ConocoPhillips Alaska has announced a North American drilling landmark as North Slope producers push efforts to tap oil as efficiently as possible after years of low oil prices.
The company set the continent's land-based record with a four-mile "horizontal lateral," an extension branching off a vertical well, the ConocoPhillips said in a statement.
The record, at 21,478 feet, beat a 19,500-foot horizontal lateral in Ohio announced in 2017 by Eclipse Resources, said Amy Burnett, a spokeswoman with the company.
The record came at a well at the company's CD5 field, the first commercially producing field within the National Petroleum Reserve-Alaska.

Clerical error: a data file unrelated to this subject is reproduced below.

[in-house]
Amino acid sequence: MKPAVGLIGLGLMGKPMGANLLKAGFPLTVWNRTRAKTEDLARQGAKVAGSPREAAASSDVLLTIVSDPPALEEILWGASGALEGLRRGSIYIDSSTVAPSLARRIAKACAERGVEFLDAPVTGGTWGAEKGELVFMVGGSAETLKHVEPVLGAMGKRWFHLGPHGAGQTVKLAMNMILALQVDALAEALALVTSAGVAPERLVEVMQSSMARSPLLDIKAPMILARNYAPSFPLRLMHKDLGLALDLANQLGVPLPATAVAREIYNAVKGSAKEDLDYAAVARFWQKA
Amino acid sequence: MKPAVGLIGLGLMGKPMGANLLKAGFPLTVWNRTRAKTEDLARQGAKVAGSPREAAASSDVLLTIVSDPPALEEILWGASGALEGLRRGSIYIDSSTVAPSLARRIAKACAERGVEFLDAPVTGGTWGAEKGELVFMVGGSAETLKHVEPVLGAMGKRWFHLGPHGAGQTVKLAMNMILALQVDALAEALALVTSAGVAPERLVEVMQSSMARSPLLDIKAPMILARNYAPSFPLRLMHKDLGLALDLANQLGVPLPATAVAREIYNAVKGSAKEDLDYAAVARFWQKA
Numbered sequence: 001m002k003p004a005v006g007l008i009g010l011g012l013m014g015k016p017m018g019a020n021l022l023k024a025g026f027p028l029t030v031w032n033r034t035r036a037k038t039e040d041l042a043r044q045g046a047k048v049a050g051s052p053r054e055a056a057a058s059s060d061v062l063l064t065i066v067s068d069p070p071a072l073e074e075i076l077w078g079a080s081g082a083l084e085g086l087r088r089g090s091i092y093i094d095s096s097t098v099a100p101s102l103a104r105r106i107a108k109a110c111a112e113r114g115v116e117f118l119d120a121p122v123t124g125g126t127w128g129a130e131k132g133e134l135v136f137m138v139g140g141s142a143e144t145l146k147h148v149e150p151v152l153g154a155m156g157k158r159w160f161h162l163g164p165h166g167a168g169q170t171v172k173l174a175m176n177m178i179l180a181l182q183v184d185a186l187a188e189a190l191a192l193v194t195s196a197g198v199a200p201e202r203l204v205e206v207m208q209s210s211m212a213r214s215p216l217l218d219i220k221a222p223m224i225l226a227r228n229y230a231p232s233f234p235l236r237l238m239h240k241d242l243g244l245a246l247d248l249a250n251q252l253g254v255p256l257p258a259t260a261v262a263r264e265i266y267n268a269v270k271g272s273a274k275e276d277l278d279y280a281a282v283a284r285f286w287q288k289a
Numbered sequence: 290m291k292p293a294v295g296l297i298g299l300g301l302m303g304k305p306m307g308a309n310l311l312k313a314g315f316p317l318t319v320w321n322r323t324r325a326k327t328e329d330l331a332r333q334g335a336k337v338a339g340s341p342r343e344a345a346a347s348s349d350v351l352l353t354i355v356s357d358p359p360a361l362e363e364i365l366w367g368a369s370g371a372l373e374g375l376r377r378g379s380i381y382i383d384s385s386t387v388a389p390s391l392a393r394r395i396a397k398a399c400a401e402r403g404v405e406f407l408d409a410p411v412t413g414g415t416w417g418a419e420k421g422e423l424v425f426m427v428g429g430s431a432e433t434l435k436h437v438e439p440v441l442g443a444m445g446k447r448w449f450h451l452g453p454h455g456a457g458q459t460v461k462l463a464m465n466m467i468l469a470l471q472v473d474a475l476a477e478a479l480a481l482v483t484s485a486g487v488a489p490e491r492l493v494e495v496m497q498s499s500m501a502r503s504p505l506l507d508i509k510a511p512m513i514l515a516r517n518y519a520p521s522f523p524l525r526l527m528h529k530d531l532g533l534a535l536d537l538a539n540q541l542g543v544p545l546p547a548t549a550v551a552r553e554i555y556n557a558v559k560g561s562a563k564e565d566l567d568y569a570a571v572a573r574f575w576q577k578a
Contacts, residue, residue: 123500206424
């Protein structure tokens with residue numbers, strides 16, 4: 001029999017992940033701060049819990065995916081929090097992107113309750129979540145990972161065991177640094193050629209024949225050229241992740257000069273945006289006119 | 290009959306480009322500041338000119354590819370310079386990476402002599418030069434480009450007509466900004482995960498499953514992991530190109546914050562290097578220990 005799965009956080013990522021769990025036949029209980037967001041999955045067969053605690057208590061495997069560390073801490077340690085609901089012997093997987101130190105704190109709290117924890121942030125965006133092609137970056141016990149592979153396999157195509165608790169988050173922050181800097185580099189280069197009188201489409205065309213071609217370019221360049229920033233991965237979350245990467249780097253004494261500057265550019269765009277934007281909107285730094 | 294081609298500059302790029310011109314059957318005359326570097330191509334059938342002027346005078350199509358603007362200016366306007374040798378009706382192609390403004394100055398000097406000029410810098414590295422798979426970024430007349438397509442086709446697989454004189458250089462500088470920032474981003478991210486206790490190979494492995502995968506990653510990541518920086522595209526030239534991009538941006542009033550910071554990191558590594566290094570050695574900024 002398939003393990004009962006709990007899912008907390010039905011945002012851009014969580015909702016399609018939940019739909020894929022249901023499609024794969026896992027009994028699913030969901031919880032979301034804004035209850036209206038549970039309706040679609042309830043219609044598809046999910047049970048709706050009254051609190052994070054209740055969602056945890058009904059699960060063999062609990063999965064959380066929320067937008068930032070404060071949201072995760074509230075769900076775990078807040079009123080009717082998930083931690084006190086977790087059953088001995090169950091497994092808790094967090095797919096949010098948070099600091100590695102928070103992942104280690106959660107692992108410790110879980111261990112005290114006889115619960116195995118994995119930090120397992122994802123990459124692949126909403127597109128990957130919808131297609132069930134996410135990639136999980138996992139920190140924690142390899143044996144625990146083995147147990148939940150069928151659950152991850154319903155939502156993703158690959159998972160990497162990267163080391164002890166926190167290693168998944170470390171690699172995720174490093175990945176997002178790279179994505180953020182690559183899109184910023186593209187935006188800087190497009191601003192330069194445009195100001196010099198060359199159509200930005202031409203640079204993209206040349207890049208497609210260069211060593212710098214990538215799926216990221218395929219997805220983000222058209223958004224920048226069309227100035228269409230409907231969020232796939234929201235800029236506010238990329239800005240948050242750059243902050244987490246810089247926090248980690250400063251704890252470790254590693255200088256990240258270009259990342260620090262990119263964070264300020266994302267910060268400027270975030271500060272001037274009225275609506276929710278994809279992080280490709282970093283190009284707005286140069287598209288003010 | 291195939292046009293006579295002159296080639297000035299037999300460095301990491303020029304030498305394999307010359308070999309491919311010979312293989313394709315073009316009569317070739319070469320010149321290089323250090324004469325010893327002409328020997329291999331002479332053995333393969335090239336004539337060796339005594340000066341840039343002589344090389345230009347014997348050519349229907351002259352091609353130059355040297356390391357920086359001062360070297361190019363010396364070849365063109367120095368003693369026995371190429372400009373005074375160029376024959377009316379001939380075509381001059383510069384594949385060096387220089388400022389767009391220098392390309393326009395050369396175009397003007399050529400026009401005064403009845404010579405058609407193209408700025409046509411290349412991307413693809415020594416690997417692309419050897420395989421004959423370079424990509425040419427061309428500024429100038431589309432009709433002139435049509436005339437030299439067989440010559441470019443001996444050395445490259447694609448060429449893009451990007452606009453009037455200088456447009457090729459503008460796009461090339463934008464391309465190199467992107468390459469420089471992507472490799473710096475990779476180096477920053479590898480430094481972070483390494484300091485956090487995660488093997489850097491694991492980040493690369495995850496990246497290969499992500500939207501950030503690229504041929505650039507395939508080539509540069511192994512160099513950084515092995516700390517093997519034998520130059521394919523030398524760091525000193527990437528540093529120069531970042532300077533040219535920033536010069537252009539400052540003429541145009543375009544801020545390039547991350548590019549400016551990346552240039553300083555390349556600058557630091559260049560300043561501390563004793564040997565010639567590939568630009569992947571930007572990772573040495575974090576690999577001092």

[ConocoPhillips cracks open giant petroleum reserve, with good results.]
Oil companies today are able to drill "extraordinary kickout lengths," opening huge areas of a reservoir with a small footprint, said Mark Wiggin, deputy commissioner for the Alaska Department of Natural Resources.
That saves money on the tons of gravel needed for well-pad foundations and roads, and reduces environmental impact, said Wiggin, a former engineer with Arco Alaska, a ConocoPhillips Alaska predecessor.
Advances in drilling systems helped boost the distances, said Chip Alvord, Alaska drilling manager for ConocoPhillips.
The well with the big lateral included a second, smaller lateral, leading to another record in Alaska, for total combined footage for a well.
Together, the two laterals pushed overall footage at the well, called CD5-25, to a little over eight miles, at 42,993 feet, the company said.